Poets for Science
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Driving Over Asphalt





You are sitting in your favorite café in town, telling your friend, that of course you will try to write something for her project about endangered species. She gives you a printed list of all the plants and animals that have been identified as endangered in your county. As you read the list to yourself, at the table in the corner bay window, all you keep doing is bursting out with the words in front of you, astounded by the beauty, humor, and vivid images that leap from the page into your brain. Your friend is charmed by your enthusiasm, she gets it, she beams into your eyes, agreeing with the marvelous sensation of being transported simply by the words on the page.

You take the list home. You stare at the words. You do “Google image” search. For hours, you go haplessly down the rabbit hole. You tell your partner, in spring we are planting Sorbus americana, and Ilex mucronate, not because the common names are cool, (they aren’t: American Ash and Mountain Holly), but because you find them for sale at native plant sites, and you wonder why doesn’t everyone buy native plants? Because Home Depot doesn’t carry them? You are always so saddened that people buy plants from Home Depot—an elitist emotion for sure, but the acres of commercial land used to repeat over and over the same exact plant makes your stomach clench.

You try to write a story, or a poem, because the words are so charming: Warty Spurge, Bashful Bullrush, Pubescent Sedge, Hoary Skullcap, and, simply, Creeper. You try to make the Bashful Rushes Goosefoot it over to the Yellow Nodding Ladies’ Tresses, to sit on the Stonecrop Cliffs and watch the Oscellated Darner and the Mountain Frogs Chorus the Harbingers of Spring. But that isn’t the point. This isn’t a playground for those who are obsessed by language, this is a warning, a red flag—we are losing these plants and animals. These names you find so amusing speak to centuries of research and observation. You could take one of these names and spend days learning it’s story. Erect Dayflower, for example. You don’t need to crack a single book to know that this plant has been observed, classified and cherished by a whole community of scientists dedicated to the categorization of our existence. The dreaded reality of our impact on our environs has been incrementally foretold by the growing list of endangered species you have been so pleased to play with.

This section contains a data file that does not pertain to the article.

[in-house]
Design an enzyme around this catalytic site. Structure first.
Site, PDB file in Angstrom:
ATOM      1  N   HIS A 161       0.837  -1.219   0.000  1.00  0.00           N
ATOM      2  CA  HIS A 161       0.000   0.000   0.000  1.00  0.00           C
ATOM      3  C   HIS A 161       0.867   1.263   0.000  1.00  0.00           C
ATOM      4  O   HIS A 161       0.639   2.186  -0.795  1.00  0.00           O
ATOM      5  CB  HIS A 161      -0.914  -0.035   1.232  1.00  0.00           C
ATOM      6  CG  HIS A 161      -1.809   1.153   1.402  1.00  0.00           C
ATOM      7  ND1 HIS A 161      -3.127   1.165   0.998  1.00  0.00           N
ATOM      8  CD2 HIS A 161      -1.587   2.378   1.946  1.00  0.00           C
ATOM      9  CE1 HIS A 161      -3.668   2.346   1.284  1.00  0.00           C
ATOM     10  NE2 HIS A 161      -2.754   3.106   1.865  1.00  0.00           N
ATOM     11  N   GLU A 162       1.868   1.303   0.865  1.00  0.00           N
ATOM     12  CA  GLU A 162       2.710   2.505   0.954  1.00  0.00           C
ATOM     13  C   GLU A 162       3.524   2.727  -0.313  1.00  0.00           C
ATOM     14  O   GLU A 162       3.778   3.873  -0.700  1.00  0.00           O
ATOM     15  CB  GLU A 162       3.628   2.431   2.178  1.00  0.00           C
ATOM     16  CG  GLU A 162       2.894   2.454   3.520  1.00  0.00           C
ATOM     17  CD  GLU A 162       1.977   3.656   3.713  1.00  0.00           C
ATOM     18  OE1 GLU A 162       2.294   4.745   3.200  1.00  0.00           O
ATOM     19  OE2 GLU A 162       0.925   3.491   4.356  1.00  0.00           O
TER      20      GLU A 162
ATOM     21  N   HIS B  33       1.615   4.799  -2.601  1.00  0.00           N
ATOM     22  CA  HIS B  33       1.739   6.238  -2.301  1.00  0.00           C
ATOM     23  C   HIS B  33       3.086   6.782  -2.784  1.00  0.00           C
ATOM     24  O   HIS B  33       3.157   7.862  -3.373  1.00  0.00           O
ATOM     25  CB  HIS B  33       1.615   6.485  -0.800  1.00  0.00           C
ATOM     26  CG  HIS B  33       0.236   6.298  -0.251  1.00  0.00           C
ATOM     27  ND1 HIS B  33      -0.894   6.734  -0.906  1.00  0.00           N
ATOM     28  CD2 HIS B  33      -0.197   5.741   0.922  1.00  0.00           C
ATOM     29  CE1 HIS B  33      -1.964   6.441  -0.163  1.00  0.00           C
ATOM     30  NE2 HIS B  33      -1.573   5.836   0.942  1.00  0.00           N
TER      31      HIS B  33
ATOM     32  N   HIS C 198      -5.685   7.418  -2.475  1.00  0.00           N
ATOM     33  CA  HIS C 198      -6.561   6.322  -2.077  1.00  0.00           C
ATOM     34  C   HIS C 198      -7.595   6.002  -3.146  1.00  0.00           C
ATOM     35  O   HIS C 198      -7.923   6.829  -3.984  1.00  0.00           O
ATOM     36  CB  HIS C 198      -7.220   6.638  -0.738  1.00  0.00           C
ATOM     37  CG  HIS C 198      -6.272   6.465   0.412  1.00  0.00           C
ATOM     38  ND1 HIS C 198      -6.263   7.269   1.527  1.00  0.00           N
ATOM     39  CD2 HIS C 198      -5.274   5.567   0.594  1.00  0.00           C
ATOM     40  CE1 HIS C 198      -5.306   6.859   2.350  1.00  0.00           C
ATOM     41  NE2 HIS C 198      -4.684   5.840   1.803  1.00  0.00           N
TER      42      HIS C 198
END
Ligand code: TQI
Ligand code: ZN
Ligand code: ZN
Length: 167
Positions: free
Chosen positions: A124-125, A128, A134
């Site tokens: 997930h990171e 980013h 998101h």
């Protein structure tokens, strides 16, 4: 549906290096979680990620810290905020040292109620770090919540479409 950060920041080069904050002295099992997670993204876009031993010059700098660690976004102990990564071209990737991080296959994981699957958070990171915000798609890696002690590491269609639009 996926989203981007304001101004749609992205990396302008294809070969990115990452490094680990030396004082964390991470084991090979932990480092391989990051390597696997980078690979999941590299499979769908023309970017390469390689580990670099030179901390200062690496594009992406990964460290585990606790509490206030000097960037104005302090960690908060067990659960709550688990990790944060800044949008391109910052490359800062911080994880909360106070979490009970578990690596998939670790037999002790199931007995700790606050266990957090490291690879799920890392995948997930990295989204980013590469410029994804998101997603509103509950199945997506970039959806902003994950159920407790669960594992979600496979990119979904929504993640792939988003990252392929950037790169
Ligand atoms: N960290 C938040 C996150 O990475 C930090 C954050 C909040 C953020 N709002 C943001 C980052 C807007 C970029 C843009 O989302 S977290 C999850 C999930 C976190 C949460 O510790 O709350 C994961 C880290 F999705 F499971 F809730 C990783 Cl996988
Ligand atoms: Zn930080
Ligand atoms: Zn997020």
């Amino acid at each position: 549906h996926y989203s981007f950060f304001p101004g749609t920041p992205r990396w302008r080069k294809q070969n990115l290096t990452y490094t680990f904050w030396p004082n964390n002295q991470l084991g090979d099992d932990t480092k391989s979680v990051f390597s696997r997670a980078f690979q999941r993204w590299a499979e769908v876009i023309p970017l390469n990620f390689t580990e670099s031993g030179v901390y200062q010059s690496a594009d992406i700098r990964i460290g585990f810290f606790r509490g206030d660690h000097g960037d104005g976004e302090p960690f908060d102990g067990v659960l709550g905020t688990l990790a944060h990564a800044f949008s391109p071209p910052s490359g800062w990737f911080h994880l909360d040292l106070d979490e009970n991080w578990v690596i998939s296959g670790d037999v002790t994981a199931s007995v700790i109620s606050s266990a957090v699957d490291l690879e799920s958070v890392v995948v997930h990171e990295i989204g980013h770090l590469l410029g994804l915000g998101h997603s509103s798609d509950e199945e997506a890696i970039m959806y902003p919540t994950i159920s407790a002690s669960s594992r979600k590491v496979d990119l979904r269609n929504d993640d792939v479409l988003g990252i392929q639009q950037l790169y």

You read the latest draft of a poem you’ve been struggling with. A visual timeline of the woods on your property, describing how the leaves change and in what order they fall. The brilliant maples and tulip-trees first, so cheeky and brash, but you have always preferred the last leaves, the oaks, so stubborn and brown and deliciously dark. But now, at this time, late December, the only colors are the faintest of reds on the bare branches. You thought you would be disciplined and learn the Latin names, research and combine this list your friend gave you into this poem you are already working on, but the indescribable “click” — when an idea in your head makes itself onto the page in front of you — hasn’t happened. Instead, you have spent too much time enjoying the game of word play.

The piercing eye of the Lord God Bird is gazing over your shoulder, and you think, these beautiful words already have a whiff of nostalgia to them. All these species are becoming history — a treasure trove we had once — but are disappearing now. Each a tile in a mosaic, a mesh of dependencies, wherein one plant is necessary to sustain one other specific creature.

But we’ve all grown used to driving over asphalt to a parking lot. Your sister says she rinses the Roundup from the roots of the plants she gets from Home Depot—they are precious creatures who need rescuing, she says—but it disheartens you to hear this. Even though she knows her dollars are supporting a system that is unsustainable, she still wants the pretty roses in her yard.

You look out your window at the sloping stand of forest that backs behind your house, and you wonder. Which colorful plant, which vulnerable creature, won’t be there for you to write a poem about next year?